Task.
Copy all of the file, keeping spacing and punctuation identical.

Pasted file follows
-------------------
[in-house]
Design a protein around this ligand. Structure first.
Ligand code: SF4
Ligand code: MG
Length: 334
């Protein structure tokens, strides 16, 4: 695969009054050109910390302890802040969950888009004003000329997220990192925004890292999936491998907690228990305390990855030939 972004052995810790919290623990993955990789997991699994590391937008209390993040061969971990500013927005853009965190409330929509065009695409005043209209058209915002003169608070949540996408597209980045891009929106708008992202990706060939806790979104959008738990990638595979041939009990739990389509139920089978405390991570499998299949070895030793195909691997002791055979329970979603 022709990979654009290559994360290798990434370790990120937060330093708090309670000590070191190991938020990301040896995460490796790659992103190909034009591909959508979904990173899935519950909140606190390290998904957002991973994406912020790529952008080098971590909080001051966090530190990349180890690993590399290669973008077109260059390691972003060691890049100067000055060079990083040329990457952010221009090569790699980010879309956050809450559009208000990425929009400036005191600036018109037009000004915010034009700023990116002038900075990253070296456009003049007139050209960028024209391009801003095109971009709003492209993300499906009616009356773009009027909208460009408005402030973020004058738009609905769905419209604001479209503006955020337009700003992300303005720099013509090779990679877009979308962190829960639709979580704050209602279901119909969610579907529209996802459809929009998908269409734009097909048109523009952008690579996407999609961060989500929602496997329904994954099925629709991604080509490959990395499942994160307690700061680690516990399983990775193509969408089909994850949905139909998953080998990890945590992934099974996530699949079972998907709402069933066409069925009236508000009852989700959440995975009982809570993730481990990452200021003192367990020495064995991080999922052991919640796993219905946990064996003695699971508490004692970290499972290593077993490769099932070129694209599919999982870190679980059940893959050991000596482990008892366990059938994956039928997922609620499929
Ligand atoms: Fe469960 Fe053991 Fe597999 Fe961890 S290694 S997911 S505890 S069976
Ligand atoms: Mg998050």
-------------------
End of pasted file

[in-house]
Design a protein around this ligand. Structure first.
Ligand code: SF4
Ligand code: MG
Length: 334
């Protein structure tokens, strides 16, 4: 695969009054050109910390302890802040969950888009004003000329997220990192925004890292999936491998907690228990305390990855030939 972004052995810790919290623990993955990789997991699994590391937008209390993040061969971990500013927005853009965190409330929509065009695409005043209209058209915002003169608070949540996408597209980045891009929106708008992202990706060939806790979104959008738990990638595979041939009990739990389509139920089978405390991570499998299949070895030793195909691997002791055979329970979603 022709990979654009290559994360290798990434370790990120937060330093708090309670000590070191190991938020990301040896995460490796790659992103190909034009591909959508979904990173899935519950909140606190390290998904957002991973994406912020790529952008080098971590909080001051966090530190990349180890690993590399290669973008077109260059390691972003060691890049100067000055060079990083040329990457952010221009090569790699980010879309956050809450559009208000990425929009400036005191600036018109037009000004915010034009700023990116002038900075990253070296456009003049007139050209960028024209391009801003095109971009709003492209993300499906009616009356773009009027909208460009408005402030973020004058738009609905769905419209604001479209503006955020337009700003992300303005720099013509090779990679877009979308962190829960639709979580704050209602279901119909969610579907529209996802459809929009998908269409734009097909048109523009952008690579996407999609961060989500929602496997329904994954099925629709991604080509490959990395499942994160307690700061680690516990399983990775193509969408089909994850949905139909998953080998990890945590992934099974996530699949079972998907709402069933066409069925009236508000009852989700959440995975009982809570993730481990990452200021003192367990020495064995991080999922052991919640796993219905946990064996003695699971508490004692970290499972290593077993490769099932070129694209599919999982870190679980059940893959050991000596482990008892366990059938994956039928997922609620499929
Ligand atoms: Fe469960 Fe053991 Fe597999 Fe961890 S290694 S997911 S505890 S069976
Ligand atoms: Mg998050």